12. The Following 2 Users Say Thank You to share a book For This Useful Post:

    majo  (06-06-2012),trishalishous  (06-06-2012)

  13. #39
    Join Date
    May 2012
    Posts
    547
    Thanks
    0
    Thanked
    268
    Reviews
    0
    Achievements:Topaz Star - 500 posts
    Quote Originally Posted by Neekie View Post
    ok so, his cry is between both a wing and a real cry, if i leave him he will ALWAYS fall asleep, i am so conflicted with what I'm getting in response, my 7 year old cried himself to sleep and is fine now, and sleeps well, and has no attachment problems.

    To the mums who don't agree on letting the baby cry, do you mean i should be holding my baby till he falls asleep? every time?
    You sound like a great mum!!! I would always leave them go for a whinge cry but go in if things amped up

    I would keep doing what you are doing!

    I could never cuddle my kids to sleep (I find it so strange when people say they do this - I've got more than one child, a hell of a lot of work goes with that I can't nurse a baby all day!!)

  14. #40
    Join Date
    May 2012
    Posts
    547
    Thanks
    0
    Thanked
    268
    Reviews
    0
    Achievements:Topaz Star - 500 posts
    Quote Originally Posted by Neekie View Post
    Thank you for all the replies, I'm feeling a little more confident about leaving him though.

    I would never leave him crying hysterically, some nights he will cry and sook and nights like tonight he babbles and cooes and winged a little till I went in and put his glow worm on and put his dummy in, now he's fast asleep, sometimes he will go straight to sleep and others cry.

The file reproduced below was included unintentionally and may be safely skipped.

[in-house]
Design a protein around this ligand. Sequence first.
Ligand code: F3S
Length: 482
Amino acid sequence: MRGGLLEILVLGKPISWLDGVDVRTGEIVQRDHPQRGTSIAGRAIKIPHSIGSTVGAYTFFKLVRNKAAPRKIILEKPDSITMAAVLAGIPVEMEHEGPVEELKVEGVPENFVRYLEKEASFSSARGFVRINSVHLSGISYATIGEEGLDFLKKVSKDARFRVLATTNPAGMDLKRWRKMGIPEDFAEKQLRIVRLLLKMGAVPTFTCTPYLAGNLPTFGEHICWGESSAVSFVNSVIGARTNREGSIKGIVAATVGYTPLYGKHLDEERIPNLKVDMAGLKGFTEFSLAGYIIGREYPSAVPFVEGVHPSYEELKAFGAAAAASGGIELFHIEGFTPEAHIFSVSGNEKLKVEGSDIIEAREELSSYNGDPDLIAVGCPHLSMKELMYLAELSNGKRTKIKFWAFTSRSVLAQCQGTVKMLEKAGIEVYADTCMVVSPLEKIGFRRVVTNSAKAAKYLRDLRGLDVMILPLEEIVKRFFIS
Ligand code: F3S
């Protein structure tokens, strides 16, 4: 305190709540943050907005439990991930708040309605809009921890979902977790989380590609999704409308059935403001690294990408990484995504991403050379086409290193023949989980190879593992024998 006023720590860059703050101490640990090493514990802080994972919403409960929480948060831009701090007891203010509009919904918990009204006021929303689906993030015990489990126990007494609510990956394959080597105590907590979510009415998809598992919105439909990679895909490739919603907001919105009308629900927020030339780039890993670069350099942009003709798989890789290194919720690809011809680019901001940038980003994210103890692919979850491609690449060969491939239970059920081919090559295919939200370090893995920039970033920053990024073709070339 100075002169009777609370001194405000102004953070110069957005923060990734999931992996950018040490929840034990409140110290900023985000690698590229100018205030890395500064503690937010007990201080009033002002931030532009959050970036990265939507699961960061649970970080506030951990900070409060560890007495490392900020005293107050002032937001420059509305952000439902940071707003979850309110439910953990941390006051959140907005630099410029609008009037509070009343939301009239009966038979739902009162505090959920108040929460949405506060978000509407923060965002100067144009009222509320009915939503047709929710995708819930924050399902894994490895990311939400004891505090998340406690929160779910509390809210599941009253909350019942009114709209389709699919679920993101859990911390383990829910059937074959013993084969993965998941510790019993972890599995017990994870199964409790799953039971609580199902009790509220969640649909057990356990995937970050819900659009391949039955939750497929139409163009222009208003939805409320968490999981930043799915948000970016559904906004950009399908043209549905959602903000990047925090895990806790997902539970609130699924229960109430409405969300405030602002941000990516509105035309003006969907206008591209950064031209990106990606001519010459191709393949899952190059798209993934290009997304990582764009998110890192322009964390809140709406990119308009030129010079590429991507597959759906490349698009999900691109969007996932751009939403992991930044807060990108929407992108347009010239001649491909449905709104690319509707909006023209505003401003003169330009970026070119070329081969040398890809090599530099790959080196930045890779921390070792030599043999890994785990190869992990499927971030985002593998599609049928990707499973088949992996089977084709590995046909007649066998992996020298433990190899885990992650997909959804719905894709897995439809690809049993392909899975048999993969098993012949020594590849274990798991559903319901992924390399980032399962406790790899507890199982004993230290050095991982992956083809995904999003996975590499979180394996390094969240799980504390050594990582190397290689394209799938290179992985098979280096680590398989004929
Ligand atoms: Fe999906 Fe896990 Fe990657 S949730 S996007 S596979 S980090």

So what I'm getting from all this is asking as he isn't distressed and I am comfortable with his type of cry/ winging that I shouldn't feel bad. As long as he knows I'm there and that I'll come that's all that matters?
    IMO yes he will know you are there if he really needs you.

    Just curious ... Have you tried putting him in bed 5-10 mins sooner so he is a little less overtired??

    (not directed at op) I don't understand why people are so terrified to let their kids soothe themselves to sleep??? I'm not talking about a hysterical baby.


 

Similar Threads

  1. 6 month old day sleep
    By Lissy12 in forum General Sleeping & Settling Chat
    Replies: 4
    Last Post: 23-07-2012, 07:10
  2. 10 Month old sleep HELP!
    By alliemc69 in forum General Parenting Tips, Advice & Chat
    Replies: 5
    Last Post: 22-05-2012, 09:10
  3. 18 month old day sleep
    By misscheekysmum in forum General Sleeping & Settling Chat
    Replies: 4
    Last Post: 02-03-2012, 19:08

Posting Permissions

  • You may not post new threads
  • You may not post replies
  • You may not post attachments
  • You may not edit your posts
free weekly newsletters | sign up now!
who are these people who write great posts? meet our hubbub authors!
Learn how you can contribute to the hubbub!

reviews
learn how you can become a reviewer!

competitions

forum - chatting now
christmas gift guidesee all Red Stocking
Shapland Swim Schools
Shapland's at participating schools offer free baby orientation classes once a month - no cost no catches. Your baby will be introduced to our "natural effects" orientation program develop by Shapland's over 3 generations, its gentle and enjoyable.
sales & new stuffsee all
CarmelsBeautySecrets
Growing your own natural nails is easy. Years ago, I devised a simple and very effective technique which really helps boosts the nails' growth in as little as three days! And most importantly keeps them that way.
featured supporter
HuggleBib
The HuggleBib is not "just another" baby bib. Sure, your child may be a messy eater who gets more food ON them rather than IN them, so you dread cleaning after feeding times! Well the HuggleBib is THE best solution to help with all these daily tasks!
gotcha
X

Pregnant for the first-time?

Not sure where to start? We can help!

Our Insider Programs for pregnancy first-timers will lead you step-by-step through the 14 Pregnancy Must Dos!